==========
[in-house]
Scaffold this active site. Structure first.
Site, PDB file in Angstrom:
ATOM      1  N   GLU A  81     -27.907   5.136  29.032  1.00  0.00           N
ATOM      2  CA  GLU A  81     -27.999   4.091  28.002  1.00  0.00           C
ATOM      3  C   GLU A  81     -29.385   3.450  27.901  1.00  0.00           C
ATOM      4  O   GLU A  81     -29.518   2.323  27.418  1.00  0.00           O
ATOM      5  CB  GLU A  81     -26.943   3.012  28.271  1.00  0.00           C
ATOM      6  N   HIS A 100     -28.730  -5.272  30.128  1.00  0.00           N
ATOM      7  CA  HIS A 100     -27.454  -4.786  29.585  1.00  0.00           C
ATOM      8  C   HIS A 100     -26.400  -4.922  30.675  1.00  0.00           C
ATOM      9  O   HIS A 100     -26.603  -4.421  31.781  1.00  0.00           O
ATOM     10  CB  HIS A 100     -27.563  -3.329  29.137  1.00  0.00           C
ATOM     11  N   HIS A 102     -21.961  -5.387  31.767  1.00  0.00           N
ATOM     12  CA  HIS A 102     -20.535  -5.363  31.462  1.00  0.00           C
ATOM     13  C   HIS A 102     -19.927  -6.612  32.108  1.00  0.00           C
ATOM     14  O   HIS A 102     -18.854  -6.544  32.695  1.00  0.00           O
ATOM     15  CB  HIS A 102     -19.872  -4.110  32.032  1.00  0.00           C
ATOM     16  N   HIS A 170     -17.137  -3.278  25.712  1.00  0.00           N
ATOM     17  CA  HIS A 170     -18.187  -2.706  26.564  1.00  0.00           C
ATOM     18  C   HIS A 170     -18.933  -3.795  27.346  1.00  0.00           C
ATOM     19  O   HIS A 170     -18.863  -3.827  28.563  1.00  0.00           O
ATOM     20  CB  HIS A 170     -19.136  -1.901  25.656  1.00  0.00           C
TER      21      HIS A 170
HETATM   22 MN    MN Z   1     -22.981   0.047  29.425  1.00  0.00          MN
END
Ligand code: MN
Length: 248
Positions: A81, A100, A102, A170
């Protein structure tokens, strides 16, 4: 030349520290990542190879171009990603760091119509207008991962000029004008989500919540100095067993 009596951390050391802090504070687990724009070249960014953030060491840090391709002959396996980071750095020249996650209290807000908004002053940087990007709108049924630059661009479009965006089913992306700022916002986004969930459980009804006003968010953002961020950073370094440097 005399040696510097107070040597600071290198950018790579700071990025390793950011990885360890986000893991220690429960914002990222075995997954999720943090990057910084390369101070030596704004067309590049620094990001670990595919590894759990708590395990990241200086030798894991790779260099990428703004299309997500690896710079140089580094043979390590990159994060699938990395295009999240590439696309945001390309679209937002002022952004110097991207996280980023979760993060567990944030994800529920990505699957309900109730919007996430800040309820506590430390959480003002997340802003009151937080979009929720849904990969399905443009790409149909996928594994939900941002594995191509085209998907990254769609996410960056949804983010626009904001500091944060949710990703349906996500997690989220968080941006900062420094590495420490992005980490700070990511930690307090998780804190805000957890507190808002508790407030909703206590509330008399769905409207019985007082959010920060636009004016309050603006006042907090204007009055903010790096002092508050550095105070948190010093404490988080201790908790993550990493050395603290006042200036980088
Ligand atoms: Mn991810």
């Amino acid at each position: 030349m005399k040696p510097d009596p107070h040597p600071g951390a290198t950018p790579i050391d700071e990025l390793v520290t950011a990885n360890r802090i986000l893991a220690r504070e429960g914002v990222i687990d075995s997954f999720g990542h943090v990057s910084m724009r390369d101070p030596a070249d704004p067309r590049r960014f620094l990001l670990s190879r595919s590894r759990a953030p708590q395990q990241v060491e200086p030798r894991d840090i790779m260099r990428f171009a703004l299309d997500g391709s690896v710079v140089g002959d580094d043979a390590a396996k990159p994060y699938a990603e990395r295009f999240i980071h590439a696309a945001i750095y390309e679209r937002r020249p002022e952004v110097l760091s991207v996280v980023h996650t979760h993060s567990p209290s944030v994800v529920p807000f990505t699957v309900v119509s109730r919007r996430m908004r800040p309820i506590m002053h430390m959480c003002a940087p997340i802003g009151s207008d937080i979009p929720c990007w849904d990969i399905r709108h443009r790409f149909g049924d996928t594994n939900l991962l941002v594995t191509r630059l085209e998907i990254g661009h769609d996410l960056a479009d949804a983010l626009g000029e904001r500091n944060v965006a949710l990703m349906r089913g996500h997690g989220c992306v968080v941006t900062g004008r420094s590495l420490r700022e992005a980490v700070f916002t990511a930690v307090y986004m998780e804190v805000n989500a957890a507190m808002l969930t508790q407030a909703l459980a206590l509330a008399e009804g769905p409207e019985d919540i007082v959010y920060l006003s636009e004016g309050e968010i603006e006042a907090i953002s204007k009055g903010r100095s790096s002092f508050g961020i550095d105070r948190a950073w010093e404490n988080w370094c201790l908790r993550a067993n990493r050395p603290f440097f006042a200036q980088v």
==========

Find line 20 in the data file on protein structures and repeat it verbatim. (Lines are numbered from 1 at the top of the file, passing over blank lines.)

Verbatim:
ATOM     17  CA  HIS A 170     -18.187  -2.706  26.564  1.00  0.00           C